Jackson, Mississippi – New COVID-19 cases are declining across most of the United States, even in states with populations still hesitant to get vaccinated. But nearly all states where that trend is reversing have below-average inoculation rates, so experts warn that this respite from the pandemic could be fleeting in regions where few people are vaccinated.
The national total of cases fell in a week from a seven-day average of nearly 21,000 infections on May 29 to 14,315 on Saturday, according to data from Johns Hopkins University. For weeks, states and cities have lifted some of the restrictions and requirements for the use of masks, even in closed spaces.
Experts say that some states have higher levels of immunity because they had high rates of natural contagion of the disease, which so far has claimed the lives of almost 600,000 Americans.
“Certainly part of the population has benefited from the previous cases, but we pay for it,” said Dr. Thomas Dobbs, an official with the Mississippi Department of Health. “We pay for it with deaths.”
In Mississippi, more than 7,300 people died from the disease, and the state has the sixth highest death rate per capita in the country.
Dobbs estimates that approximately 60% of the state’s residents have “some underlying immunity.”
“So now we kind of are seeing that effect, because we have a combination of natural immunity and that induced by the vaccine,” said the official.
Only eight states – Alabama, Arkansas, Hawaii, Missouri, Nevada, Texas, Utah and Wyoming – have seen their case rates rise in seven days from the previous two weeks, according to data from Johns Hopkins University. All of them, except Hawaii, report vaccination rates below the national average of 39.7%, according to the Centers for Disease Control and Prevention (CDC).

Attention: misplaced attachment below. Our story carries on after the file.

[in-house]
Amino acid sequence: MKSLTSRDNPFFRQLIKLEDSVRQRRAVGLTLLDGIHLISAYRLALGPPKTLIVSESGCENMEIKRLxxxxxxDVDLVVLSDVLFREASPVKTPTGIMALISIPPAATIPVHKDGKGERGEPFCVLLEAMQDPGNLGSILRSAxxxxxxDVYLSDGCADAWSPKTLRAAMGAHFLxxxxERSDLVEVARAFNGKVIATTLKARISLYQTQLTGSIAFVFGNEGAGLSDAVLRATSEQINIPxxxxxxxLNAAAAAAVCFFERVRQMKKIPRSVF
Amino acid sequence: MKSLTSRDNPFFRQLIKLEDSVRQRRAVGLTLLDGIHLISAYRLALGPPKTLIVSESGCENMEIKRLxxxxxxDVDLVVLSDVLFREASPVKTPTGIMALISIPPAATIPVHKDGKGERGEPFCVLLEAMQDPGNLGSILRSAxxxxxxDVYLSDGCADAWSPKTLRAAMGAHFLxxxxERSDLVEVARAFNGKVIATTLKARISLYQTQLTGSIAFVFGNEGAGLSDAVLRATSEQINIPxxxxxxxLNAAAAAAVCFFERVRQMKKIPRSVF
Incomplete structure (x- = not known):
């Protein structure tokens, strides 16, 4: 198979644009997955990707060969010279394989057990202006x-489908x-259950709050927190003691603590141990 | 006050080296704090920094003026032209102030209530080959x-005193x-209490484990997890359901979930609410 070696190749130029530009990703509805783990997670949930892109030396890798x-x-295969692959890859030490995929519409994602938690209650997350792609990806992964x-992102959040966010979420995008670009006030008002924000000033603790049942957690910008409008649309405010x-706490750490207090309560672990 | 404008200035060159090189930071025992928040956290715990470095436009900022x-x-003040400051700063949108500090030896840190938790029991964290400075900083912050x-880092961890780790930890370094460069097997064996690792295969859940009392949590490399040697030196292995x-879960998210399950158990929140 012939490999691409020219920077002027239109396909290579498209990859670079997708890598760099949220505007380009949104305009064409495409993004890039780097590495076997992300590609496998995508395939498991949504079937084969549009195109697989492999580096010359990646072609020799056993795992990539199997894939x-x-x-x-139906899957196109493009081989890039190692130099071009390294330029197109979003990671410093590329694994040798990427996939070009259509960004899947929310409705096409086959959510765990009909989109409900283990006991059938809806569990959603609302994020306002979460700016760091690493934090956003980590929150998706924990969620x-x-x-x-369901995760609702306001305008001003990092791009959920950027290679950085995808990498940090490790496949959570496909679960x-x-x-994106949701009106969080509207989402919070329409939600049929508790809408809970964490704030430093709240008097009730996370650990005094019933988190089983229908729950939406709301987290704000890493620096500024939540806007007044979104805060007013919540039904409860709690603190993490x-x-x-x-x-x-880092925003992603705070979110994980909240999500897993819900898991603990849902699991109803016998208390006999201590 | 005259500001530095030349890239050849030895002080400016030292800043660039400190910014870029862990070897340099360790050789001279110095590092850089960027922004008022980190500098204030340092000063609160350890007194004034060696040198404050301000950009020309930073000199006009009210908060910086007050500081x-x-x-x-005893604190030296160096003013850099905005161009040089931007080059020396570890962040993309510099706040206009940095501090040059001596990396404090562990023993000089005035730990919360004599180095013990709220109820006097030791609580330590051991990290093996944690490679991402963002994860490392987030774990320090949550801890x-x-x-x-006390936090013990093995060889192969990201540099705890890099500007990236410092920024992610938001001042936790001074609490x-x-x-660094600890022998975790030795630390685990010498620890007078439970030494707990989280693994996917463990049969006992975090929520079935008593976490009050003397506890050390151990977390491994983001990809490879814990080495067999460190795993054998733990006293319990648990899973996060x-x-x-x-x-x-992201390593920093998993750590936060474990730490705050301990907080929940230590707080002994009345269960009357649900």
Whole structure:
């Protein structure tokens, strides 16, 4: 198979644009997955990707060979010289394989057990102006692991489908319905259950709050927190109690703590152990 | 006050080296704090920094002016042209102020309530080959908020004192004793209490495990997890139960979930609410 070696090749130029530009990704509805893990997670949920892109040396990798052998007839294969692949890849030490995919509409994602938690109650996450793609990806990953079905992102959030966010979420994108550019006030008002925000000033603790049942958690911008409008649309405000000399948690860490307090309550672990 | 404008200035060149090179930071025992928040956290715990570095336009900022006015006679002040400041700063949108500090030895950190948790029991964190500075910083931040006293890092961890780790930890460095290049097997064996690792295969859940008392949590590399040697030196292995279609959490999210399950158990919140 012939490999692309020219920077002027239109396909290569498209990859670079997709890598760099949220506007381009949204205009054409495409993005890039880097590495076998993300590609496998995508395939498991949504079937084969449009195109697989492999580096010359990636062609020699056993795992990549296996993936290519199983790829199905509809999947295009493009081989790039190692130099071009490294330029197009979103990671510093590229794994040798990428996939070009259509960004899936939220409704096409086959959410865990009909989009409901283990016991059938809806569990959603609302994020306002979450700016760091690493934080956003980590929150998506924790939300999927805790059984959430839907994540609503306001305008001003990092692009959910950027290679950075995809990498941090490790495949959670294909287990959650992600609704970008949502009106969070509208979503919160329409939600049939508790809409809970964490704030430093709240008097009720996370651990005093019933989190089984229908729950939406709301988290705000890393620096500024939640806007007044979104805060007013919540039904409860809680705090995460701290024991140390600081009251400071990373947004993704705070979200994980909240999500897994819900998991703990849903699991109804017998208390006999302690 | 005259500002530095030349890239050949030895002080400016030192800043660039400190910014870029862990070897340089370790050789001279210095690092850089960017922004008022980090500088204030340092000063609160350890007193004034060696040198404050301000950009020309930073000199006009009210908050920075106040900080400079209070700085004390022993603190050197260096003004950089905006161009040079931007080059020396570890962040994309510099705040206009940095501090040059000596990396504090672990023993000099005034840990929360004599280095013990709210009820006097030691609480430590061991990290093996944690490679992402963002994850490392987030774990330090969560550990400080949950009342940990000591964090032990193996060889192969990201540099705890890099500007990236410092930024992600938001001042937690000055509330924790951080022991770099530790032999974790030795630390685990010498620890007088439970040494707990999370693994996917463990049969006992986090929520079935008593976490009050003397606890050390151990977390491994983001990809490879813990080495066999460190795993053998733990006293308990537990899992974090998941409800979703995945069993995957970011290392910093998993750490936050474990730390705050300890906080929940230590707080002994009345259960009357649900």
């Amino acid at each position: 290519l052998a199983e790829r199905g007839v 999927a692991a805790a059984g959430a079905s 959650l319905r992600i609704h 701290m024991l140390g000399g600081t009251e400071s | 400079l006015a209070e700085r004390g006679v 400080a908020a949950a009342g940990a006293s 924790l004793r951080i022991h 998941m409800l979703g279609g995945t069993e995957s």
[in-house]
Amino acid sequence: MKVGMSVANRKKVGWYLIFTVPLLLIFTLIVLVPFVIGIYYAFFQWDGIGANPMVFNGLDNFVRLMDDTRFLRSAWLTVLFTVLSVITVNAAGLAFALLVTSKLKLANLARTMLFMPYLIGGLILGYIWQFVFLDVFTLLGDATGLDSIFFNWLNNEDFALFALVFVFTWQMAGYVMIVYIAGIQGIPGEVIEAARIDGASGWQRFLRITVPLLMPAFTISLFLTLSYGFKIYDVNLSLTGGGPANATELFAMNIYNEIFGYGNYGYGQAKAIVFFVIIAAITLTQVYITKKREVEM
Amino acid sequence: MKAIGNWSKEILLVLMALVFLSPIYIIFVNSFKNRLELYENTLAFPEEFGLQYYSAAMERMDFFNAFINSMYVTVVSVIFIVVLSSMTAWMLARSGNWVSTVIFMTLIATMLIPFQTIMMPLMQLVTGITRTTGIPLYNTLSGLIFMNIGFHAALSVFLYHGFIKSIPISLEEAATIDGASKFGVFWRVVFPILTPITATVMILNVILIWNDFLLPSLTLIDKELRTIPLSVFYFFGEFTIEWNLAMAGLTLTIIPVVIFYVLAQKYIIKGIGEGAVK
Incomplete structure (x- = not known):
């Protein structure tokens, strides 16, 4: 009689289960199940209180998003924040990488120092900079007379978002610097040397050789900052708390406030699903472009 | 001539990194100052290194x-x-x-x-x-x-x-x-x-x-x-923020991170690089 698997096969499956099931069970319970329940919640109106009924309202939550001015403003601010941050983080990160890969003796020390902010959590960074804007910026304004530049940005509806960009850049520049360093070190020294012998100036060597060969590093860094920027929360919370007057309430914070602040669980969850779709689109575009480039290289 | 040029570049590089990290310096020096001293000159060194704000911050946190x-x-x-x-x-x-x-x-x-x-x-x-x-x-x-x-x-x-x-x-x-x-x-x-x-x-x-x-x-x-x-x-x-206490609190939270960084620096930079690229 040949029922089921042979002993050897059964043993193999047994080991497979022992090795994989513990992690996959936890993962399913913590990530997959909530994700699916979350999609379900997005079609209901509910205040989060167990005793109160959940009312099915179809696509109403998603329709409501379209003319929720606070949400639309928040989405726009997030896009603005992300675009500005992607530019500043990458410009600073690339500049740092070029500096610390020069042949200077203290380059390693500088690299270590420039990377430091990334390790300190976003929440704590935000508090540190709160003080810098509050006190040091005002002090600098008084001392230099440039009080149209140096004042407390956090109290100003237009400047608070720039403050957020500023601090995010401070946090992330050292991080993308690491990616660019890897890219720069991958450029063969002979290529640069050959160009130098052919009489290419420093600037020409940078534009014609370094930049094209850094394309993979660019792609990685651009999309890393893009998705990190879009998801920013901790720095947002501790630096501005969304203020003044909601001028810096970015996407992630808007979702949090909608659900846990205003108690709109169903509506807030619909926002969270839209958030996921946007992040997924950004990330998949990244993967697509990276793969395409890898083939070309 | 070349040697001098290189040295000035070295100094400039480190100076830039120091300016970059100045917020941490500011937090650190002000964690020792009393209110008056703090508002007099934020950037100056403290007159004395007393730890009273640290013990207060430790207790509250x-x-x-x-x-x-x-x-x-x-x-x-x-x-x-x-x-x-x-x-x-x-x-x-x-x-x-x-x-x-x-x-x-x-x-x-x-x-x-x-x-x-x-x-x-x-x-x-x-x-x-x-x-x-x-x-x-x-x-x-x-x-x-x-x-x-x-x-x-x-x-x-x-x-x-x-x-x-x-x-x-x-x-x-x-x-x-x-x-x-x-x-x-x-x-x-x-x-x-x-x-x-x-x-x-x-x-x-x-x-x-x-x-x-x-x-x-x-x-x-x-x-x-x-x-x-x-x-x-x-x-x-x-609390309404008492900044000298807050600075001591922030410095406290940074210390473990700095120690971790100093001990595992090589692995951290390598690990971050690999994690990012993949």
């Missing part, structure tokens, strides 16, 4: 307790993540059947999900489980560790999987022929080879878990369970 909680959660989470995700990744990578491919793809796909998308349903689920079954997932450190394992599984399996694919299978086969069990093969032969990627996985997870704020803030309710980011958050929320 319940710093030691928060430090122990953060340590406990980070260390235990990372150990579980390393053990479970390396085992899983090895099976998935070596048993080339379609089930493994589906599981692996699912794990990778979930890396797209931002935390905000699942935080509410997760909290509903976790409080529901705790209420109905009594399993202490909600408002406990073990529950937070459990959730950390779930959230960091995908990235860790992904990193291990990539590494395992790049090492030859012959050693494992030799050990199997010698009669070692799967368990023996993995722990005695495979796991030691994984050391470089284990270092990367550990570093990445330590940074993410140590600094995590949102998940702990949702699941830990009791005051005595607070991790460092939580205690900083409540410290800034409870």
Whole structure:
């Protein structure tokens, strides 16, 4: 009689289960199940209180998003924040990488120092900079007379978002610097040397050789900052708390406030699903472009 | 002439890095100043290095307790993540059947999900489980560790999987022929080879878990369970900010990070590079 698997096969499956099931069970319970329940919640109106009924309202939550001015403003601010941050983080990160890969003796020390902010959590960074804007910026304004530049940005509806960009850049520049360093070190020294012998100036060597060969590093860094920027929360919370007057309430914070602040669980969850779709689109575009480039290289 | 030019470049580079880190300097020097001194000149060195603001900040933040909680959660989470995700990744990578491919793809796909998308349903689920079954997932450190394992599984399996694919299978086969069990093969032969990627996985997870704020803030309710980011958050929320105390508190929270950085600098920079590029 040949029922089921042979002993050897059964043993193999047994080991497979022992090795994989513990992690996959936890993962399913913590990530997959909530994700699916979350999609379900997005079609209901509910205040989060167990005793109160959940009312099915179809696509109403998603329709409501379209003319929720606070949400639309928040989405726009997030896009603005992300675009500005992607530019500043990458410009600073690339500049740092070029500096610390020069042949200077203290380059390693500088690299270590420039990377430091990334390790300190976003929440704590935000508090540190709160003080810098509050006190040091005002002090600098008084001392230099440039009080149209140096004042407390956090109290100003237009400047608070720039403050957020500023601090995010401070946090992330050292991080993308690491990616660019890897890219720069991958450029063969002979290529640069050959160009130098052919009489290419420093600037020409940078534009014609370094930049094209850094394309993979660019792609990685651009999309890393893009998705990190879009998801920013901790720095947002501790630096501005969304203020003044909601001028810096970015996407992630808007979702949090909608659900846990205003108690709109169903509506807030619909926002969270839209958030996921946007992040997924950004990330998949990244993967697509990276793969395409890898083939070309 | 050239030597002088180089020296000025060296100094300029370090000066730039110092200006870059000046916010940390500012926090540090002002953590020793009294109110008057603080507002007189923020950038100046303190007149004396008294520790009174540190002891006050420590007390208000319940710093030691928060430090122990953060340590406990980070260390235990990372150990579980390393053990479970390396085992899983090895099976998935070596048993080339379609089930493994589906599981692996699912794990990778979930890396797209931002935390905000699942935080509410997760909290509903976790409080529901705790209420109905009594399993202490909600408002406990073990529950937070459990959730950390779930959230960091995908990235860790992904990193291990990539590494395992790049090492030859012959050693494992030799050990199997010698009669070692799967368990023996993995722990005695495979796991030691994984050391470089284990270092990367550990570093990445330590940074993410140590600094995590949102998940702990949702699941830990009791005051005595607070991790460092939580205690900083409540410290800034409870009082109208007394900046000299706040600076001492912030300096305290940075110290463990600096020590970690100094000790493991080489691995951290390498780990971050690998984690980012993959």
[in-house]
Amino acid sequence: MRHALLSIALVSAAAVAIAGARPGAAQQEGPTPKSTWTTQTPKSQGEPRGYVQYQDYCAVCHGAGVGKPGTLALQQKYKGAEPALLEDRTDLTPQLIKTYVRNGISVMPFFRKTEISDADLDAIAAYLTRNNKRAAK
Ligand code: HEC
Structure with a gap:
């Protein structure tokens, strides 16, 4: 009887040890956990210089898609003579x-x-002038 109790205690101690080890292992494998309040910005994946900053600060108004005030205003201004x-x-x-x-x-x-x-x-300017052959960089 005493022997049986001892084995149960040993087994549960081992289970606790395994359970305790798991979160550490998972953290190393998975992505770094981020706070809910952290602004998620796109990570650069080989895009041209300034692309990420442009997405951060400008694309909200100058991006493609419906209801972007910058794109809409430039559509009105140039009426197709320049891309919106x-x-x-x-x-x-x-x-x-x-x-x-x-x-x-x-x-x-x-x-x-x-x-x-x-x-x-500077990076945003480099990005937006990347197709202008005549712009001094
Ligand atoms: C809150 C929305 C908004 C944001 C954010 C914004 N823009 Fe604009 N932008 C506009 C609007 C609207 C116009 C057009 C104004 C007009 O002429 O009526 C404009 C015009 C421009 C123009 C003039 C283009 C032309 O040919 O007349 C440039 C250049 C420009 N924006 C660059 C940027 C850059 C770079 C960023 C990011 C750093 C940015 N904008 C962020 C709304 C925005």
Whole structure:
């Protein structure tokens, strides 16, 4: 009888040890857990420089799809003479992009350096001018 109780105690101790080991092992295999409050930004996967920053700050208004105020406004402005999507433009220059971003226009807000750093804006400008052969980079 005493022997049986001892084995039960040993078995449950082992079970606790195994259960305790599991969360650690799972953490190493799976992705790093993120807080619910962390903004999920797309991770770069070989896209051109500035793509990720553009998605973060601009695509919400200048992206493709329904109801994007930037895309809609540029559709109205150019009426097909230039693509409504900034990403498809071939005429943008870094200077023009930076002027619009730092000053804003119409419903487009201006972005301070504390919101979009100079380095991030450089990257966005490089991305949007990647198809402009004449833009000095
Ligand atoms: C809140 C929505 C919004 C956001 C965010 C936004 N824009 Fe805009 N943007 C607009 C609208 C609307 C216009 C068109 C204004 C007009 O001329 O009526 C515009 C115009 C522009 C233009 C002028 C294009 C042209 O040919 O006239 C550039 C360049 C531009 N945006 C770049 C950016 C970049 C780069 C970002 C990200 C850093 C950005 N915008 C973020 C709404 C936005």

The 10 states with the fewest new infections per capita in that period have total vaccination rates above the national average. That includes the three entities with the highest number of doses administered: Vermont, Massachusetts and Connecticut.
Medical experts point out that there are several factors that contribute to the decline in infections across the country, including vaccines, natural immunity from exposure to the virus, a warmer climate and that people are spending less time indoors.
However, Dr. Leana Wen, a professor of public health at George Washington University, expressed concern that the natural immunity of those who have been exposed to the coronavirus will soon dissipate. And he is also concerned that states with low vaccination rates will become hotbeds of contagion.
“Just because we’re lucky in June doesn’t mean we’ll continue to be lucky into late fall and winter,” said Wen, a former Baltimore City health commissioner. “We could well have variants that are more contagious, more virulent, and that those who do not have immunity or whose immunity is declining could again be susceptible to the disease.”